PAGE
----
President Obama and Republican challenger Mitt Romney began the three-week sprint to Election Day with a testy debate Oct. 16 over domestic issues raised by voters, including a question from an undecided Black voter who wondered how the president will help him.
“Mr. President, I voted for you in 2008. What have you done or accomplished to earn my vote in 2012?” asked Michael Jones in the debate featuring questions from undecided voters at Hofstra University in Hempstead, N.Y. “I’m not an optimistic as I was …Most things I need for everyday living are very expensive.”
Obama responded by ticking off for the undecided voter his accomplishments ranging from from health care reform to the U.S. auto industry bailout.
“Does that mean you’re not struggling?” he asked the man. “Absolutely not. A lot of us are…The commitments I’ve made I’ve kept and those that I haven’t been able to keep, it’s not for lack of trying and we’re going to get it done in a second term.”
The assertiveness of that and other responses contrasted with Obama’s more passive approach in the first debate with the former Massachusetts governor. Romney was confronted with a more aggressive opponent in the second of three planned presidential campaign debates. Political observers said Obama won the encounter.
In a debate that centered around balancing the federal budget and touched on pay equality for women and energy policy, the two men were contentious, verbally sparring throughout the event, which was staged in a town hall-style format with questions from voters, not journalists.
The exchanges frequently resulted in the two men interrupting each other. At one point, they paced in circles on the red-carpeted stage in the Hofstra arena like boxers in a prize fight.
A composed, confident Obama allowed Romney to walk into a mistake when he said the Obama's administration misled Americans over what caused the attack at the U.S. consulate in Benghazi, Libya, last month. Four Americans were killed.
The president, while accepting responsibility for the vulnerability of the Middle East outpost, noted that his immediate response to the attack singled out terrorists as the culprits and steered Romney to a transcript of his Rose Garden remarks a day later. It was confirmed by the debate moderator, CNN’s Candy Crowley, that Obama had attributed the act to terrorists, though Romney argued that it took the president “14 days” to blame Islamic extremists for the violence.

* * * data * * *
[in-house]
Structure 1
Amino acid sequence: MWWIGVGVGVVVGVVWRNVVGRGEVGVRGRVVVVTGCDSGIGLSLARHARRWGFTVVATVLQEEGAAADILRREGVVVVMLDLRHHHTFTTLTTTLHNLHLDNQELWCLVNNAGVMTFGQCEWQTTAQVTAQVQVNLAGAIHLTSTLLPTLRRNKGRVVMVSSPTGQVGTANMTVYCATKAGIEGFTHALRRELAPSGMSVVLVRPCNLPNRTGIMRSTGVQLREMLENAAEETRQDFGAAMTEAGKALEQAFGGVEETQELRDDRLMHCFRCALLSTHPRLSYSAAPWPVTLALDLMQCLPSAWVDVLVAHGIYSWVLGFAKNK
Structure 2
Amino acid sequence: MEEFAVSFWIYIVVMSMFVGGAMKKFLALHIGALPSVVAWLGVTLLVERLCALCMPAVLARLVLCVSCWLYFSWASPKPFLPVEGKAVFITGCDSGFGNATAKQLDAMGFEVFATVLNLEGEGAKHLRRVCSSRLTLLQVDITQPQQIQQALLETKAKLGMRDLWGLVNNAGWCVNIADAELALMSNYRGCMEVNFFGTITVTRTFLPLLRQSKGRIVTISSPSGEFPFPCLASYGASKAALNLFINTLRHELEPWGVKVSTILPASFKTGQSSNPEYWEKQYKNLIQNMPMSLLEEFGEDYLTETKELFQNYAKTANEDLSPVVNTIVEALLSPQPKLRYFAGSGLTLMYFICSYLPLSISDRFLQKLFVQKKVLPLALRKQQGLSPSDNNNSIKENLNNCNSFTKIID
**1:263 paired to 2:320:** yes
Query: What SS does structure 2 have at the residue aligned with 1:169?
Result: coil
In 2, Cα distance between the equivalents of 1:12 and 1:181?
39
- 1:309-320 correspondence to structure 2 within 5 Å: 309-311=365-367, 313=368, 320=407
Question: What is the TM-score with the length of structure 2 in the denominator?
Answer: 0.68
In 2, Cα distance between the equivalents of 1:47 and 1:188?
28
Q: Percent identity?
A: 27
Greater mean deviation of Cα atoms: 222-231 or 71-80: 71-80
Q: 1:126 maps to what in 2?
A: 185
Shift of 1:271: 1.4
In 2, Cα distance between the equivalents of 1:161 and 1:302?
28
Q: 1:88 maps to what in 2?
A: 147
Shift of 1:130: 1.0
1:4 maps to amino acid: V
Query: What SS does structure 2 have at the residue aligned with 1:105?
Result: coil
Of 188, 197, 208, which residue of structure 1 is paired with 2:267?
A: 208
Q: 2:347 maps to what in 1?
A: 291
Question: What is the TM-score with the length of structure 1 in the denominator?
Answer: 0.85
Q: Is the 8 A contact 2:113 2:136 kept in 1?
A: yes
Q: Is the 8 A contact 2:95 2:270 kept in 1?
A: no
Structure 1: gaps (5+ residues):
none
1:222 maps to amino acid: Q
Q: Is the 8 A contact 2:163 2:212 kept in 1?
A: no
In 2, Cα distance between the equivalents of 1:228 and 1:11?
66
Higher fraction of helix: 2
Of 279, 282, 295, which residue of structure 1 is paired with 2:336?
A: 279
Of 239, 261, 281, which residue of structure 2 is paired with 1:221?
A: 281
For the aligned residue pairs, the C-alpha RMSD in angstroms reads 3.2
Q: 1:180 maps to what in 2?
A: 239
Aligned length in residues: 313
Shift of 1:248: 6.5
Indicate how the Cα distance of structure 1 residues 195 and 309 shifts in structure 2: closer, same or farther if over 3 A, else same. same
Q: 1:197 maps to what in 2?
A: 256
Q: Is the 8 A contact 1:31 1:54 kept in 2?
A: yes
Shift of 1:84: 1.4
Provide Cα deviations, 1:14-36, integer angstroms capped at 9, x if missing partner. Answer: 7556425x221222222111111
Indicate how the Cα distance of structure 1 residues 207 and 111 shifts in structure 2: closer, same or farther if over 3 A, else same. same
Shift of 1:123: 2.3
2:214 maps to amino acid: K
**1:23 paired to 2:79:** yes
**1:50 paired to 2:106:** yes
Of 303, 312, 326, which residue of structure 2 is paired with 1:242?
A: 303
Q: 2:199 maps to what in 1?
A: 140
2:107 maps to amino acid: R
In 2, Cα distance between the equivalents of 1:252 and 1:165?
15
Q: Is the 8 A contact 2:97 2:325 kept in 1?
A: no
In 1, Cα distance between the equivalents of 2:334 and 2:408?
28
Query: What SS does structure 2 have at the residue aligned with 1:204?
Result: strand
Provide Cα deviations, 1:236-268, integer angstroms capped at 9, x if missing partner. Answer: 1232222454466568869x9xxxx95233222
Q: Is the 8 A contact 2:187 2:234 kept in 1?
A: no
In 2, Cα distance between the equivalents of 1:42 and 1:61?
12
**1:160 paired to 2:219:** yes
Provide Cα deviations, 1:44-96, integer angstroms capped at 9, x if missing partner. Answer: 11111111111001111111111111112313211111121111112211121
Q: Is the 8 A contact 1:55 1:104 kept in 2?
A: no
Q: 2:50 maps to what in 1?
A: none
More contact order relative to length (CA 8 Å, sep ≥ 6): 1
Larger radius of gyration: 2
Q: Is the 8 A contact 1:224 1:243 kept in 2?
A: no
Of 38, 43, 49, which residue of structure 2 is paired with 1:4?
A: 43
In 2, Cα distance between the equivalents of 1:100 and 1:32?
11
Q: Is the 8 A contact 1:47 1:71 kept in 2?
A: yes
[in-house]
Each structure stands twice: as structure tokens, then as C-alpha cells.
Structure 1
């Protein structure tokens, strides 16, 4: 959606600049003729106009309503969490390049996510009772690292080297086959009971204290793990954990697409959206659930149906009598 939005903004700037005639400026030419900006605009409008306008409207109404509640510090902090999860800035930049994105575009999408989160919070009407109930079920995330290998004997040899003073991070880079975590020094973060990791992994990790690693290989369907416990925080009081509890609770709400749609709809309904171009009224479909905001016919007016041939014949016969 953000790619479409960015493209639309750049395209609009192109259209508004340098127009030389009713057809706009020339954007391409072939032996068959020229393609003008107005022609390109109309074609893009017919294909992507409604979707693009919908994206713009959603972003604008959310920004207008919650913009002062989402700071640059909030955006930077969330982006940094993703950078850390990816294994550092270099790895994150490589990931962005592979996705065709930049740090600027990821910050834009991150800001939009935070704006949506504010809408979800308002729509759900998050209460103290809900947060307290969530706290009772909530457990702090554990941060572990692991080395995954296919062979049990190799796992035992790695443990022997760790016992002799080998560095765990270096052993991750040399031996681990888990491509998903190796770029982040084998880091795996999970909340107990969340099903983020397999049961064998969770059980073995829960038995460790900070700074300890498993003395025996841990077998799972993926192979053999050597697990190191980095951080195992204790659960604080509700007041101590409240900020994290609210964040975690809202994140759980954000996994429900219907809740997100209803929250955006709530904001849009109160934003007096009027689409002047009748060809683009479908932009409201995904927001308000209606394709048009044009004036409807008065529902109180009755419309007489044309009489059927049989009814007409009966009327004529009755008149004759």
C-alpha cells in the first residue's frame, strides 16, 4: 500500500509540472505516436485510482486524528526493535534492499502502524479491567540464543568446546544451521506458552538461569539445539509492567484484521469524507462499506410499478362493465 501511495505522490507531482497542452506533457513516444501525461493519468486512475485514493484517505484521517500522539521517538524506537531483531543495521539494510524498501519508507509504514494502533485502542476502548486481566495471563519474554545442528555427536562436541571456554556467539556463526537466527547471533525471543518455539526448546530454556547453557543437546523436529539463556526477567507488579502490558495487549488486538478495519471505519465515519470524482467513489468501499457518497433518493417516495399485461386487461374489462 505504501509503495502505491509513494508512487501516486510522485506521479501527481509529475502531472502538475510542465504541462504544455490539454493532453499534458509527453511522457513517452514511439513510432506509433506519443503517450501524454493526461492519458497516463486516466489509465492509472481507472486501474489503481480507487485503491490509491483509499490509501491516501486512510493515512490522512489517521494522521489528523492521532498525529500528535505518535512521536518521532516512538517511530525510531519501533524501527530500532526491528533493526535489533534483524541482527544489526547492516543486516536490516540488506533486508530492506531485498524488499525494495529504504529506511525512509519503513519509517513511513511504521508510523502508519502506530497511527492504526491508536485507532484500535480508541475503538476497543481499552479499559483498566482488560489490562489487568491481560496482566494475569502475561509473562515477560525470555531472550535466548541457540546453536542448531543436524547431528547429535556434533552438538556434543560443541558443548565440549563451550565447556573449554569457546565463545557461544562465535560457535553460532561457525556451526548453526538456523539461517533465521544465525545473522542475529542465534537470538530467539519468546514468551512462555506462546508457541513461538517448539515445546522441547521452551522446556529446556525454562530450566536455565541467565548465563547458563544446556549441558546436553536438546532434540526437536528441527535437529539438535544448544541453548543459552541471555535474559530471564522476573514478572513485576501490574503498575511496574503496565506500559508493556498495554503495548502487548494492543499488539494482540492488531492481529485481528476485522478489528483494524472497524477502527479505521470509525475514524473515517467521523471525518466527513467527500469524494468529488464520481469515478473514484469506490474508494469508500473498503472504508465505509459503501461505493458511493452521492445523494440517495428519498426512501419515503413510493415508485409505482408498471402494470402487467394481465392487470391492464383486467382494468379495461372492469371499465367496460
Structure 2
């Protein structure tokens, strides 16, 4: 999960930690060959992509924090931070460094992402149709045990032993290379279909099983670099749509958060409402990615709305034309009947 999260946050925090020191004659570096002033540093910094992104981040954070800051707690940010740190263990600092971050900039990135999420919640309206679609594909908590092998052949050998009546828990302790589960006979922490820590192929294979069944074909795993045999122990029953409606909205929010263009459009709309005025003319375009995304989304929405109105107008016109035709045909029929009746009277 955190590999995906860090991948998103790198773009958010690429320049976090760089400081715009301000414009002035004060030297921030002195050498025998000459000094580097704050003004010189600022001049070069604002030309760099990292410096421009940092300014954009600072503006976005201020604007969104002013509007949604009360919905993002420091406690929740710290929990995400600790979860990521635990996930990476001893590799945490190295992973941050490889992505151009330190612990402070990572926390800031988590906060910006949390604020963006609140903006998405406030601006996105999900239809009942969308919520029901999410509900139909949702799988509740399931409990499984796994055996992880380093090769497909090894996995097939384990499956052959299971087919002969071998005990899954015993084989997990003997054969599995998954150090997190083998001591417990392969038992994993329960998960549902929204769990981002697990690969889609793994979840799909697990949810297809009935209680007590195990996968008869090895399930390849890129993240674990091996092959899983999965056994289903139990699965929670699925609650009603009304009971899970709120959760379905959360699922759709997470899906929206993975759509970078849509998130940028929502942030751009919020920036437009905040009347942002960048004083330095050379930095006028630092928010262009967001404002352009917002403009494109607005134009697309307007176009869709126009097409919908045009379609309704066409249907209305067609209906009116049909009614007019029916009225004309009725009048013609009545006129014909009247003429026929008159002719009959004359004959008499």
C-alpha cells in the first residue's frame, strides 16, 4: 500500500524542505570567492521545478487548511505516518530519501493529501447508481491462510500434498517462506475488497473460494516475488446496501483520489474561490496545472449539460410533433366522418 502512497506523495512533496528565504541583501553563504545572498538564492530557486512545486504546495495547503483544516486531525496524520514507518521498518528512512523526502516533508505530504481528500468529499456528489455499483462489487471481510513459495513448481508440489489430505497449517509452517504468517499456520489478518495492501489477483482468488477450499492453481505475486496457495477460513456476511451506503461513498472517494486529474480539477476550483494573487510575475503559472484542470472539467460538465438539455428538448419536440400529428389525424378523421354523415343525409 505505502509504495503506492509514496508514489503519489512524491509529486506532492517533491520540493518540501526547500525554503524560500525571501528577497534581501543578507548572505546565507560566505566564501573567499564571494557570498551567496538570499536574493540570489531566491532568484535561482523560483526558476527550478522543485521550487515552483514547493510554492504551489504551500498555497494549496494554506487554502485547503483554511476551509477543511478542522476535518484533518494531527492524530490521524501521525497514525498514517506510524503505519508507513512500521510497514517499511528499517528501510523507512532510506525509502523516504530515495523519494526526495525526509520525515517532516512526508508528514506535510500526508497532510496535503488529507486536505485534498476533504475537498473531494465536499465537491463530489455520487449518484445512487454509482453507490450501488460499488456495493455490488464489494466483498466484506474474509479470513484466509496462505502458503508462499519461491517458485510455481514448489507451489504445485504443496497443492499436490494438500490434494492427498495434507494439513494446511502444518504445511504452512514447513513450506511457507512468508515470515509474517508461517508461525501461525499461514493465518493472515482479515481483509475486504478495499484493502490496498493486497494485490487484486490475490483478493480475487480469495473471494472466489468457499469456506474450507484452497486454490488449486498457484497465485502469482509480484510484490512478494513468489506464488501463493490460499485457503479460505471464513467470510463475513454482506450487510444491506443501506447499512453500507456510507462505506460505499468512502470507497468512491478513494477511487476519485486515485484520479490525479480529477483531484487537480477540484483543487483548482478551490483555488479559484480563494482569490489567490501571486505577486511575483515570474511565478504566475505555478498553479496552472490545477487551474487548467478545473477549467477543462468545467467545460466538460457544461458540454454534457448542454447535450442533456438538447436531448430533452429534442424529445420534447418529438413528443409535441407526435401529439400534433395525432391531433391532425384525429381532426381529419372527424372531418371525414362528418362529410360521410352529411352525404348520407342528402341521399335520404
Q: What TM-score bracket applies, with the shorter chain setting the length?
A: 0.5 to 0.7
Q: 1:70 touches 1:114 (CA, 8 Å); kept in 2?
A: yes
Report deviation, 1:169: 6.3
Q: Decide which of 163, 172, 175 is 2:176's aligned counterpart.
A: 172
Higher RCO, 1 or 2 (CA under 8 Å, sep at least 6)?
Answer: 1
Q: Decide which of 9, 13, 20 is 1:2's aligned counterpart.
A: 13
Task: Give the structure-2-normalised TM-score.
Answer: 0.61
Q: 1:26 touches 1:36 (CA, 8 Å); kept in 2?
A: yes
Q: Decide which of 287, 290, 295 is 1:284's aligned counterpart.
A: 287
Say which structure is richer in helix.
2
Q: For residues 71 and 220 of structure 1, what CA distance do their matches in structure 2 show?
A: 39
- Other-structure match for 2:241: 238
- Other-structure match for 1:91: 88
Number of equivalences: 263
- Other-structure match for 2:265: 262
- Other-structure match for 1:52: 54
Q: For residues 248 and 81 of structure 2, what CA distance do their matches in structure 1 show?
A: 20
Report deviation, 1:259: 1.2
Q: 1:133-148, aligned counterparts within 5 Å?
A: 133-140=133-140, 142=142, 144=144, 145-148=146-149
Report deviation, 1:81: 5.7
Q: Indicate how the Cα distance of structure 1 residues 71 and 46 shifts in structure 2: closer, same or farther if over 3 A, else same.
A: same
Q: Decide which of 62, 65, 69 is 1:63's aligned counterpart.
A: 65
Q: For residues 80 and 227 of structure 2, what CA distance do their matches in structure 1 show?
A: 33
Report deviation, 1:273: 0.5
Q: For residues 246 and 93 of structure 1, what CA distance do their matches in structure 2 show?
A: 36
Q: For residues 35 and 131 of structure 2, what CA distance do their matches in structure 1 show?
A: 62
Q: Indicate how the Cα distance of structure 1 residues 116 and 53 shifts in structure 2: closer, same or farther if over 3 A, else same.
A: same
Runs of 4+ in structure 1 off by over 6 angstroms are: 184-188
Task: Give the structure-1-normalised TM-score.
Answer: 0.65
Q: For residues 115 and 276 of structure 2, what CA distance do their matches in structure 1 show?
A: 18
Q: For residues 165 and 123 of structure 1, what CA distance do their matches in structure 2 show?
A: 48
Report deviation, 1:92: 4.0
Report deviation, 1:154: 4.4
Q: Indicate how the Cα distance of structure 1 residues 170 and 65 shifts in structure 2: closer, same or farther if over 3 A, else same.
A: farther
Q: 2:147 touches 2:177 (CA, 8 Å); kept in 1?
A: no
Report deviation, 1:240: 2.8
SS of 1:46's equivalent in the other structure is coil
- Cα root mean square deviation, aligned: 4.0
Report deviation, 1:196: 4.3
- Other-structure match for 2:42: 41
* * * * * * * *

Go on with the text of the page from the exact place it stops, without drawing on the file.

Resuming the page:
One of the verbal gaffes by Romney came in response to a question about equal rights for women. As he recounted how, as a governor, he addressed the absence of women appointees in key state positions, he noted that he had lists of female candidates compiled, resulting in what he called “binders full of women.”
The statement triggered thousands of critical Twitter comments before that debate ended.
Romney assailed Obama about the state of the nation’s economy and outlined a five-step path toward what he believes would produce economic recovery, including revising the tax code to put a ceiling on tax deductions.
But, Obama told the crowd of 82 undecided voters, his opponent’s approach is not in the interests of the middle class.
"Governor Romney doesn't have a five-point plan," the president argued. "He has a one-point plan. And that plan is to make sure that folks at the top play by a different set of rules.That’s been his philosophy in the private sector, that’s been his philosophy as governor, that’s been his philosophy as a presidential candidate.”
The candidates also jousted about energy policy at length. Romney said more domestic fossil fuel exploration, especially on federal land should get under way, with fewer federal regulations, while Obama restated his policy that alternative energy forms, such as wind and solar energy, are needed for the nation to achieve energy independence.
The third and final debate is scheduled for Oct. 22.
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